An evaluation of information literacy of postgraduate students of the National University of Lesotho (NUL)

Master Thesis


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University of Cape Town

In this global information age many technological advances have changed approaches to education and the way libraries are managed. The massive increase of unfiltered information has resulted in high demands for information literacy programmes. Therefore, students need to be assisted throughout their learning process. The result of this change is the shift from teacher-centered type of learning to student-centered learning. The gap between the library and the classroom needs to be bridged by insisting on the use of information literacy skills and by promoting cooperation and collaboration of efforts between the teaching staff and the library. The learning organizations need to realize the need to embed information literacy within their curriculum to enhance quality education. The transformation requires libraries to embark on student learning and empower students with necessary information literacy skills. This issue of empowering students with necessary skills had become a motivating factor that drove me to carry out this research in order to find out the status and level of information literacy for postgraduate students of NUL. Information literacy standards were used as a measure. The study used a combination of both qualitative and quantitative research methods. A questionnaire was used as a main data collection instrument and the results were measured against the American Library Association (ALA) information literacy standards. Interviews were also conducted at NUL to supplement the main data collection instrument. Findings reflect a moderate to poor performance of a group of postgraduate and senior Law students who participated in this survey study. Findings from interviews provided evidence that NUL is aware of the concept of information literacy.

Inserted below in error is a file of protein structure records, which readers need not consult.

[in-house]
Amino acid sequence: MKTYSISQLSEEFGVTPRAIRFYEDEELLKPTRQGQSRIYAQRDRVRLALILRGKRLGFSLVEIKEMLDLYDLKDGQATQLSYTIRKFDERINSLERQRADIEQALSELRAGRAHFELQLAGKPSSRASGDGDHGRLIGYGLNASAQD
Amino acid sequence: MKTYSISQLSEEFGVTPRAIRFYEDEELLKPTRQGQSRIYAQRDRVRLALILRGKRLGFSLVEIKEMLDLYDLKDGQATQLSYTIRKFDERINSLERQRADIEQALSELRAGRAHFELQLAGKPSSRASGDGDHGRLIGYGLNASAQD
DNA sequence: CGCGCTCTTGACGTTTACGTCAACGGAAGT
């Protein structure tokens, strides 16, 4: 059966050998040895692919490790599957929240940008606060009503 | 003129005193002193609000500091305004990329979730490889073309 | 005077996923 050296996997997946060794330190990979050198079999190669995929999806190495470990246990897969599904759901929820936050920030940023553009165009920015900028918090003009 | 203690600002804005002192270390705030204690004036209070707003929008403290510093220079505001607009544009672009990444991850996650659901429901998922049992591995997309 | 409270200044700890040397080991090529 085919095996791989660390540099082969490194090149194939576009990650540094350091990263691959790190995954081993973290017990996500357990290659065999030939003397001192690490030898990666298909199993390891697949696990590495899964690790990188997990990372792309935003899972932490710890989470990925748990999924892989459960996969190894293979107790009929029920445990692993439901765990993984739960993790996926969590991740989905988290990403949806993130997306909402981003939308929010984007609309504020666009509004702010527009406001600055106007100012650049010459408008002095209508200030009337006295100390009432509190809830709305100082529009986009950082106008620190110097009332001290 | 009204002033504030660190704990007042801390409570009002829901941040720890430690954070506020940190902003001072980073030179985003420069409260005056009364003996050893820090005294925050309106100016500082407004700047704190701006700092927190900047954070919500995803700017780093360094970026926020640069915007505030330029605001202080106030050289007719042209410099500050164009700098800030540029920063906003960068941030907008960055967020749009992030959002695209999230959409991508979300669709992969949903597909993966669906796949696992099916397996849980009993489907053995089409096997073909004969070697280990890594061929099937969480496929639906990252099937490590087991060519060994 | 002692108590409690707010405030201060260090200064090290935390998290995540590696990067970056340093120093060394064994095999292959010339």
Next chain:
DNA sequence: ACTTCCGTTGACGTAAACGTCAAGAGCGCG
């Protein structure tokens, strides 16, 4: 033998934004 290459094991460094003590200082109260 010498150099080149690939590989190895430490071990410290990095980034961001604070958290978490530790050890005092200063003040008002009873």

Includes bibliographical references (leaves 126-136).